“While he is becoming more of a household name as one of the dragons on TV’s Dragon’s Den and has a venture capital firm helping smaller entrepreneurs, you might not necessarily think of Bruce Croxon as a real estate investor. And yet, while living in Whistler, BC in the late 1990s, Croxon took it upon himself to get into the real estate game after having realized the value real estate can bring.
“I’ve been in and out of three properties in Whistler since 2001 and that market has been very good to me, because I’m very bullish, in real estate in general, and more specifically on the resort real estate market,” he says.
Croxon is an avid skier and while living in Whistler for about two years he decided to educate himself about the real estate market there. “I learned the market well enough so I thought I could be safe in terms of buying a place to stay and so I added a couple of more places just as pure investment. It turned out to be right for a period of time.”
The first purchase was a personal residence. But with the growth in confidence of the local market, Croxon added on to his holdings with a so-called “ski-in, ski-out” condo. He rented that out to a business he owned in the area.
“The third was more for speculation but I ended up renting it out, and at the end of the day, when I was back in Toronto, I decided to sell that one as well – that was a single family residence on a very nice piece of land,” he recalls.
Croxon explains that the resort market is of interest to him because of the limited supply of land and development potential for areas that people are interested in visiting. For example, he says Canada, specifically Whistler, has some of the best skiing opportunities in the world. “I think there is limited supply and if you want that terrain you’ve got to go there and there is a limit on how much you can build. So it was the right combinations to have an asset grow.”
With all the asset classes that have made their way in and out of Croxon’s portfolio over the years, real estate has served an important niche, especially given his investment strategy.
Says Croxon: “I’m an operator and have not been an investor until recently. [Real estate] was a way to be passively involved in an investment I developed some confidence in. You really don’t have to work that asset too much,” he explains.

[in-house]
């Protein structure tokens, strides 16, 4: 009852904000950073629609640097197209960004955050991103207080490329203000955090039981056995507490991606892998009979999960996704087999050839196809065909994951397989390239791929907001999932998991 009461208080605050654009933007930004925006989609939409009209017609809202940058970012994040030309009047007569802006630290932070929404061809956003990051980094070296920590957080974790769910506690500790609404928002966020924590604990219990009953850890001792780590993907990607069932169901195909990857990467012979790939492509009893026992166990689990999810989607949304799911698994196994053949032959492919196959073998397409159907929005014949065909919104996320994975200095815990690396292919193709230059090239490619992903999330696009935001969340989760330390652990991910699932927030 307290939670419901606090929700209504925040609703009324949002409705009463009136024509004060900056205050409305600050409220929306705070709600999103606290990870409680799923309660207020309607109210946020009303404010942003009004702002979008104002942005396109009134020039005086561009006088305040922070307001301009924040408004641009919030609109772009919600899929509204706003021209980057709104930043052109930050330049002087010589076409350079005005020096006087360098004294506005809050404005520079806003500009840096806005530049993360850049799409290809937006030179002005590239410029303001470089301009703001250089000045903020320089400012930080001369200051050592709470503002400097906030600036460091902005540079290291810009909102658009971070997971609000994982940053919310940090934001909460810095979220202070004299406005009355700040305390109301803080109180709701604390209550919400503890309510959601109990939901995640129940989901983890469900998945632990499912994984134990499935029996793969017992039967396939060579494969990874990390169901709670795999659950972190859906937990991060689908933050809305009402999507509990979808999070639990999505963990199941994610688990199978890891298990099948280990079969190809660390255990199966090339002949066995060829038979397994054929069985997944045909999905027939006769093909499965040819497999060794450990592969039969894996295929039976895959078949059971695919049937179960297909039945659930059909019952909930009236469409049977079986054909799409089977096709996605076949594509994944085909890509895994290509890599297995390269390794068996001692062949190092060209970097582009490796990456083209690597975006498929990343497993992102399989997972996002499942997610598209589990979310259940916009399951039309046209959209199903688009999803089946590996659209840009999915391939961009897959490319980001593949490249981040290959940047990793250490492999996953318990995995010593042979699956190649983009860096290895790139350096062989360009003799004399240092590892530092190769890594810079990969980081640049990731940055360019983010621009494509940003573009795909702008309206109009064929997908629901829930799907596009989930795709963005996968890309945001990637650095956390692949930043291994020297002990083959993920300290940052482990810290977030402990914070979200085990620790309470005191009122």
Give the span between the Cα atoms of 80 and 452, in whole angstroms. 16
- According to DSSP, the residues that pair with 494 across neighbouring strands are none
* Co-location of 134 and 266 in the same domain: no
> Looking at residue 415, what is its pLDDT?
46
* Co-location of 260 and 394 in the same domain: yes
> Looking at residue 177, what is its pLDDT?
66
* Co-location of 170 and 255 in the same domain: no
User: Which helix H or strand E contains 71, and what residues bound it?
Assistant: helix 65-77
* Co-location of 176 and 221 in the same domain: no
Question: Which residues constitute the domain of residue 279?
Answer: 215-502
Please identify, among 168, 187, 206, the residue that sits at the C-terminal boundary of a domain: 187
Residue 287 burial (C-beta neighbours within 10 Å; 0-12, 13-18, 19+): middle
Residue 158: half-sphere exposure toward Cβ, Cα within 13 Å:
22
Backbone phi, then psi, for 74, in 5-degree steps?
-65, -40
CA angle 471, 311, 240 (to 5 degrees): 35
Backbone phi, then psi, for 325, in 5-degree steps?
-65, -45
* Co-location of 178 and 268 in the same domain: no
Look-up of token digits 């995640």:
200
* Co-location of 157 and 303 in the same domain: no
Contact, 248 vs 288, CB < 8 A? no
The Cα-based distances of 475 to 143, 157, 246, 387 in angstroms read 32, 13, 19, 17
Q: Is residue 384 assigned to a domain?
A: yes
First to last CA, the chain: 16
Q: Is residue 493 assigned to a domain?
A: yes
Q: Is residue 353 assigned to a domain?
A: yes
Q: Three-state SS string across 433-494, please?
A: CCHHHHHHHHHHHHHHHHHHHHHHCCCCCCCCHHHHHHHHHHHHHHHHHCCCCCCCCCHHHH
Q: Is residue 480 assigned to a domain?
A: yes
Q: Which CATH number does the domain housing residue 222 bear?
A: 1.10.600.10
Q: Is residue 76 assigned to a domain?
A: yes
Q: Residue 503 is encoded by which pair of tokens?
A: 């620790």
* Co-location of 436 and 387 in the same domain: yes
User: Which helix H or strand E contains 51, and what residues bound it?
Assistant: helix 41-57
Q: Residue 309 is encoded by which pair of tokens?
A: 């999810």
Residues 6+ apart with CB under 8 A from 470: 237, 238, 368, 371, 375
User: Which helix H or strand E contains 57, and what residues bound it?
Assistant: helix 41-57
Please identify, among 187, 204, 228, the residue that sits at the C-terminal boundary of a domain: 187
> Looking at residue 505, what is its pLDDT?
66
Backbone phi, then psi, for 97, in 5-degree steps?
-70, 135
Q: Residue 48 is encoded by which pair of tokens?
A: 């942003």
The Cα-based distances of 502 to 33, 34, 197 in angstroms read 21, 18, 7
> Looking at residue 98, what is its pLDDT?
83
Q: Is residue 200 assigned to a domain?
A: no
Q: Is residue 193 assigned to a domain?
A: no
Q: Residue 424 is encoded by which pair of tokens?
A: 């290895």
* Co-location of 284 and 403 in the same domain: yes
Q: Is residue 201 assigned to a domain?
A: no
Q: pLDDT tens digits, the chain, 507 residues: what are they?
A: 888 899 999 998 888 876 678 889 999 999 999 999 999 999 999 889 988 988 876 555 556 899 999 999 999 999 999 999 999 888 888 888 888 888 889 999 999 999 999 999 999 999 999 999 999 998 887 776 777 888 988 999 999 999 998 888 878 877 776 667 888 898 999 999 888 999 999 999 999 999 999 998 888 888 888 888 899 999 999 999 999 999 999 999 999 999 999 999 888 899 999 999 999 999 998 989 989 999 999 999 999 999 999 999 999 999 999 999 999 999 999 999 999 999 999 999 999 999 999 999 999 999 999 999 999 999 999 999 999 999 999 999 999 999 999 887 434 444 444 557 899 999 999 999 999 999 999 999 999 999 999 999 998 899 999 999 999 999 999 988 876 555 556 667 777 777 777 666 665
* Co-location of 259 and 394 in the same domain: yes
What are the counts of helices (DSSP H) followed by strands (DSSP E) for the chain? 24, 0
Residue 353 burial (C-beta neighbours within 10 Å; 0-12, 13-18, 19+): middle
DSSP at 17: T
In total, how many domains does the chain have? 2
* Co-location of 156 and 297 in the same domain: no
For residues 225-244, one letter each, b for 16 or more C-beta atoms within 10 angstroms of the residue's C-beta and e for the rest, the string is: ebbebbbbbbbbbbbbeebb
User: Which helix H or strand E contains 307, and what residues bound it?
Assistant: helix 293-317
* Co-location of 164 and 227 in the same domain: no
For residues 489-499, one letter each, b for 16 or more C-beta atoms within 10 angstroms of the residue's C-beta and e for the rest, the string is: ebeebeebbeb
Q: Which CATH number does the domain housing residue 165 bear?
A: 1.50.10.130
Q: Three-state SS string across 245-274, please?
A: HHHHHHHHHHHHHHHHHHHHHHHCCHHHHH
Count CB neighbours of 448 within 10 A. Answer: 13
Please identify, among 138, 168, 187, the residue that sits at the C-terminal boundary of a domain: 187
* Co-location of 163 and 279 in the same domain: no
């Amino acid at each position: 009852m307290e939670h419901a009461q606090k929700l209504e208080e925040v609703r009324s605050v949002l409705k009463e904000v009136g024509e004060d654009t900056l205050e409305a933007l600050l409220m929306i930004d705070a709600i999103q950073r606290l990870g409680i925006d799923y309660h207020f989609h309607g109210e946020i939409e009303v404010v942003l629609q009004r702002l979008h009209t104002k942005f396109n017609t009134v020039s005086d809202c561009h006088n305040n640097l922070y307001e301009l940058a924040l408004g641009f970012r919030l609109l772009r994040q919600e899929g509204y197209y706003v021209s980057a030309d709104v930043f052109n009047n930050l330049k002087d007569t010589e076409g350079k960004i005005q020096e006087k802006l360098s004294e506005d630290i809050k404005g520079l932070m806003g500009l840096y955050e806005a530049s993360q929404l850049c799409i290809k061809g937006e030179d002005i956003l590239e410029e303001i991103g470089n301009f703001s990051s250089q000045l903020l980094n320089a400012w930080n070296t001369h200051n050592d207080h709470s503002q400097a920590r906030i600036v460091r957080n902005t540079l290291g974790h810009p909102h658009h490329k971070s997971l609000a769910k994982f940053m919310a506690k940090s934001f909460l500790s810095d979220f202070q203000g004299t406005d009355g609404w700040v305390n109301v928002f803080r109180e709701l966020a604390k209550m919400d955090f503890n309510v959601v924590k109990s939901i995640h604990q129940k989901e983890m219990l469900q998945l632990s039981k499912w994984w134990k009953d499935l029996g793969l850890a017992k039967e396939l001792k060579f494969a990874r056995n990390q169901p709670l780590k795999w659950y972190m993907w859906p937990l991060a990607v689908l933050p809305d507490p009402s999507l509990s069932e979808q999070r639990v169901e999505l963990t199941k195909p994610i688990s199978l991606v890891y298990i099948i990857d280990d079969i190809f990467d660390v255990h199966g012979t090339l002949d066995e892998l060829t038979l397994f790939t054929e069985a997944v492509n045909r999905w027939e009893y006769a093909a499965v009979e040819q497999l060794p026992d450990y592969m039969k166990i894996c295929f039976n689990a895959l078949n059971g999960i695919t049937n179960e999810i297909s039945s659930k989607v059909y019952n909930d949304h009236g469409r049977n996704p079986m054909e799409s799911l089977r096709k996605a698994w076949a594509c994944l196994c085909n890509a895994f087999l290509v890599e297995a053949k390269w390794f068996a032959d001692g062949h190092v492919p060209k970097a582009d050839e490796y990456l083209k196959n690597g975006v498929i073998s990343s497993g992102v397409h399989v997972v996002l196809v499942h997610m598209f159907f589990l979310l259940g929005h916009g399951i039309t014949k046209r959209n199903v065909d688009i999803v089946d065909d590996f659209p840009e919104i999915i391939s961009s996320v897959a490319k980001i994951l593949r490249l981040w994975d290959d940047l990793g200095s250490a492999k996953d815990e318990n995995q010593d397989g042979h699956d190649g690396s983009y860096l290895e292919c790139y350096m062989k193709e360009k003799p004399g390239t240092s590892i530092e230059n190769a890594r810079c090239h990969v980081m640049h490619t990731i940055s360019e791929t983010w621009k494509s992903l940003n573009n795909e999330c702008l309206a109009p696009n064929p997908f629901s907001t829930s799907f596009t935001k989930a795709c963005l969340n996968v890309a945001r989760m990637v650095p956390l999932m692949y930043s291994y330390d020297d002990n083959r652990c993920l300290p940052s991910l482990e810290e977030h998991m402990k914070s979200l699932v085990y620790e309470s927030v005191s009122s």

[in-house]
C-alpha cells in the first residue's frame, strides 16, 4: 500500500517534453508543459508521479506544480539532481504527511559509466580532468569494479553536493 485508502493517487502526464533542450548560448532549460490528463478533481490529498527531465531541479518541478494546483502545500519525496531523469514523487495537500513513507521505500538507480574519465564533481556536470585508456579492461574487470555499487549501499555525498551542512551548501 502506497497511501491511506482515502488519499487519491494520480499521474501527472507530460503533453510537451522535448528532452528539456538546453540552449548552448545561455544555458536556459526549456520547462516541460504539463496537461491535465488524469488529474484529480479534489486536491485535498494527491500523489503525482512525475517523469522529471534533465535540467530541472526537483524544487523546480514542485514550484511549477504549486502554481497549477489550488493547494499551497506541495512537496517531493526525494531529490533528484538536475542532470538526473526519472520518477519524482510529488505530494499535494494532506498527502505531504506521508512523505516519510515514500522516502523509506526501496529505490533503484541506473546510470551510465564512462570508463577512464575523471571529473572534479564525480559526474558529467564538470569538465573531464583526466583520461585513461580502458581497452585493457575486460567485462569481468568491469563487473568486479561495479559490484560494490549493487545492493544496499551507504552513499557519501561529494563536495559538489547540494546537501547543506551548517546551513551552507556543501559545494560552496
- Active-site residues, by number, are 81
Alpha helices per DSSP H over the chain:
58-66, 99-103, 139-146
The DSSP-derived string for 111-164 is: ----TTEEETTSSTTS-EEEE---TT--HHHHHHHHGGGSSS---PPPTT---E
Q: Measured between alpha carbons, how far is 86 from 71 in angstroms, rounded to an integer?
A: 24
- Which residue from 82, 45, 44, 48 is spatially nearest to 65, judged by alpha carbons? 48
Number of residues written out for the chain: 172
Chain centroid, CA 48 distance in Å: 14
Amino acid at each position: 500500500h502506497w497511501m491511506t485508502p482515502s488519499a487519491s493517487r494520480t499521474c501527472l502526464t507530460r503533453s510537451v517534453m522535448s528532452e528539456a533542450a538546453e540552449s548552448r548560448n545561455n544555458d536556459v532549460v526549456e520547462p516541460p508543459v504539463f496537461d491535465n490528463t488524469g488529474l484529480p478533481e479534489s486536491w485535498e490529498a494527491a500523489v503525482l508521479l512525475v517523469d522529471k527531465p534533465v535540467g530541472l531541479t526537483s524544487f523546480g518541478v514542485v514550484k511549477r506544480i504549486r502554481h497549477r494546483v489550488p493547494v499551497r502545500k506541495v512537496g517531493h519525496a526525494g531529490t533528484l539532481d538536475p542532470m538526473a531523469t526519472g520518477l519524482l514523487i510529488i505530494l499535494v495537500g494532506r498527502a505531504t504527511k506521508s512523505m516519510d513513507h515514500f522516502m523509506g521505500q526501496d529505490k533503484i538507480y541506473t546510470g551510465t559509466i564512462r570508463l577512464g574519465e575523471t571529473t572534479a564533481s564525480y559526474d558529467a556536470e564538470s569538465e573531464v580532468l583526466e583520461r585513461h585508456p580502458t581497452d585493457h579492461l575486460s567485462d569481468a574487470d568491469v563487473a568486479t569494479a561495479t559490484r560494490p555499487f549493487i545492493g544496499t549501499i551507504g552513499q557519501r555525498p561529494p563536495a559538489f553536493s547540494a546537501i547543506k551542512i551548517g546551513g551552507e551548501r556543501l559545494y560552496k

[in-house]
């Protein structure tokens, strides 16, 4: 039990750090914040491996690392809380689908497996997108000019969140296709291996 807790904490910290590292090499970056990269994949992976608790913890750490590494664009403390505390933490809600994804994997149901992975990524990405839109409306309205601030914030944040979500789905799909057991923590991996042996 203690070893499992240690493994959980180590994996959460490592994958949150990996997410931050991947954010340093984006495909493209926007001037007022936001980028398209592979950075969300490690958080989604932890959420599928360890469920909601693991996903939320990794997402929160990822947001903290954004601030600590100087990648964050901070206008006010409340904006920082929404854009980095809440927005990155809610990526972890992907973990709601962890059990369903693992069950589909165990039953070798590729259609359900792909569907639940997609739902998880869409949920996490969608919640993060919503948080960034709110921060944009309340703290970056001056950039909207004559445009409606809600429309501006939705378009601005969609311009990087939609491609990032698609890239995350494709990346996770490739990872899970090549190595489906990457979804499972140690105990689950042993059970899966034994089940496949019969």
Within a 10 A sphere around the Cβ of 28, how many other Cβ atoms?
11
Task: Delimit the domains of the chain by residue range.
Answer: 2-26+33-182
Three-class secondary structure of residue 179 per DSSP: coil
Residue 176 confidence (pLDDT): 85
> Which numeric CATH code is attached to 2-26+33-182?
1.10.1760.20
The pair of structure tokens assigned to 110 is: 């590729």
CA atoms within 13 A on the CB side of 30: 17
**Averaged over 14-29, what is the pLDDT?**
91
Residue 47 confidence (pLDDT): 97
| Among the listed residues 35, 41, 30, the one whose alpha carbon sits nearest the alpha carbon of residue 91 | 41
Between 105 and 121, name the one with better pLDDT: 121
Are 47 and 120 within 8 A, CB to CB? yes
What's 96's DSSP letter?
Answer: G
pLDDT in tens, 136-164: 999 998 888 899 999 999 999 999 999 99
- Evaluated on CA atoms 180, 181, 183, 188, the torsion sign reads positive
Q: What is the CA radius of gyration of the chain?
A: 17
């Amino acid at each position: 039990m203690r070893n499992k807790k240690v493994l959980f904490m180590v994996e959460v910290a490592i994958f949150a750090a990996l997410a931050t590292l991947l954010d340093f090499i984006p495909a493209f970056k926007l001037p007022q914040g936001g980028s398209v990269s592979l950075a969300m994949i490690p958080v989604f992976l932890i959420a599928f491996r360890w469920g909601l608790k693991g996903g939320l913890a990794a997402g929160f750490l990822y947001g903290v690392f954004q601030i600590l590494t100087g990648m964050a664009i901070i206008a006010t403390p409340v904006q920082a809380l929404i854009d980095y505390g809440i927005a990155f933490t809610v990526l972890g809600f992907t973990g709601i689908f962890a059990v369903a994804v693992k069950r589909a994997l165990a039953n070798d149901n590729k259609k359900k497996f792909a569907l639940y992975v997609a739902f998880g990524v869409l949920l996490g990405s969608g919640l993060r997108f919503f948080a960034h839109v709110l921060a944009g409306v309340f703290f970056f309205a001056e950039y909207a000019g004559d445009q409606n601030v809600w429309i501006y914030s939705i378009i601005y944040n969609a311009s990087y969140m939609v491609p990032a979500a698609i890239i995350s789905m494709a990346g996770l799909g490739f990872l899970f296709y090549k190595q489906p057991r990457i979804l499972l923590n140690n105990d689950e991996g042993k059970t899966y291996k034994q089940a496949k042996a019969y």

“It will either go up or down on its own. For me that’s the attractive part of it. In general, I just think real estate, over a long period of time, has performed quite well. People need a place to live and it seems to be one of those asset classes that survive,” he adds.
- from ‘Dragon’s Den star reveals why he’s still bullish on real estate’, Joel Kranc, Globe and Mail, 27 Jul 2012, an article reprinted “from Canadian Real Estate Wealth Magazine, a monthly publication focused on building value through property investment”.
This has to be the hand-waviest article we’ve seen on RE investing for quite some time.
There really is no substance to it at all.
The author tells us that a guy who made money trading Whistler properties over the last 10 years is kinda sure it’s possible to make money in RE.
Why RE? Land is limited. “People need a place to live”. RE “seems to be one of those asset classes that survive”.
There is perhaps nothing that any potential RE investor could take from this article that would be of any use to them whatsoever.
There is certainly no information about the current state of the Canadian market.
Should an investor be buying or selling RE? How has the RE market actually been doing, in Whistler, or anywhere else, for that matter?
Perhaps the one lesson gleaned could be that to make money in RE, you have to buy and sell.
And that fortunate timing is crucial for many participants.